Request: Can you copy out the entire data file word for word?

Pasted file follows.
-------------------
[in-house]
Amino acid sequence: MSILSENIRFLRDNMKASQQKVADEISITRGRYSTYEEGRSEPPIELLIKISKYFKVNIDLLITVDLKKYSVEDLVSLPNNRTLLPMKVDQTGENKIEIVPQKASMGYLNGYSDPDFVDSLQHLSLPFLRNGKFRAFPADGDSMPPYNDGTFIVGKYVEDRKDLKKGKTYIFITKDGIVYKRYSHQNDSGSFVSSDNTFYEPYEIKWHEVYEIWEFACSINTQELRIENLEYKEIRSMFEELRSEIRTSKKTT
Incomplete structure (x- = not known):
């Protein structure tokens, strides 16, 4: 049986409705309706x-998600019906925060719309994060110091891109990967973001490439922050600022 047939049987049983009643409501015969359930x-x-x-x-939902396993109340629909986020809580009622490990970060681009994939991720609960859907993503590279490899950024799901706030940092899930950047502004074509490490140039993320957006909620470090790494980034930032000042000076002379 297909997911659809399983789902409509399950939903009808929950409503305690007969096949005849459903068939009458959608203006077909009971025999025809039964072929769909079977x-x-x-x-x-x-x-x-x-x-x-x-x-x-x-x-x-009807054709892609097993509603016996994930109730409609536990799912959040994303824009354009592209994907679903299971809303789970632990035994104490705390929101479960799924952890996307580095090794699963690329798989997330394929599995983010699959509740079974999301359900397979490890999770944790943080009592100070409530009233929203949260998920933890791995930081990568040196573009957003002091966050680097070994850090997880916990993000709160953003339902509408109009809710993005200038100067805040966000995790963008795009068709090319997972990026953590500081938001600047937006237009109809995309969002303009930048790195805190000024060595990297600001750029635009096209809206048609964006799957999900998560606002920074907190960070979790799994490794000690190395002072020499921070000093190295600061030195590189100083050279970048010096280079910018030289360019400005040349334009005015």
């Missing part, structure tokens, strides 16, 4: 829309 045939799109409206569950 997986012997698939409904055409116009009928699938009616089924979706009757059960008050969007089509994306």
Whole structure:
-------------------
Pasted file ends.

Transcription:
[in-house]
Amino acid sequence: MSILSENIRFLRDNMKASQQKVADEISITRGRYSTYEEGRSEPPIELLIKISKYFKVNIDLLITVDLKKYSVEDLVSLPNNRTLLPMKVDQTGENKIEIVPQKASMGYLNGYSDPDFVDSLQHLSLPFLRNGKFRAFPADGDSMPPYNDGTFIVGKYVEDRKDLKKGKTYIFITKDGIVYKRYSHQNDSGSFVSSDNTFYEPYEIKWHEVYEIWEFACSINTQELRIENLEYKEIRSMFEELRSEIRTSKKTT
Incomplete structure (x- = not known):
């Protein structure tokens, strides 16, 4: 049986409705309706x-998600019906925060719309994060110091891109990967973001490439922050600022 047939049987049983009643409501015969359930x-x-x-x-939902396993109340629909986020809580009622490990970060681009994939991720609960859907993503590279490899950024799901706030940092899930950047502004074509490490140039993320957006909620470090790494980034930032000042000076002379 297909997911659809399983789902409509399950939903009808929950409503305690007969096949005849459903068939009458959608203006077909009971025999025809039964072929769909079977x-x-x-x-x-x-x-x-x-x-x-x-x-x-x-x-x-009807054709892609097993509603016996994930109730409609536990799912959040994303824009354009592209994907679903299971809303789970632990035994104490705390929101479960799924952890996307580095090794699963690329798989997330394929599995983010699959509740079974999301359900397979490890999770944790943080009592100070409530009233929203949260998920933890791995930081990568040196573009957003002091966050680097070994850090997880916990993000709160953003339902509408109009809710993005200038100067805040966000995790963008795009068709090319997972990026953590500081938001600047937006237009109809995309969002303009930048790195805190000024060595990297600001750029635009096209809206048609964006799957999900998560606002920074907190960070979790799994490794000690190395002072020499921070000093190295600061030195590189100083050279970048010096280079910018030289360019400005040349334009005015």
């Missing part, structure tokens, strides 16, 4: 829309 045939799109409206569950 997986012997698939409904055409116009009928699938009616089924979706009757059960008050969007089509994306």
Whole structure: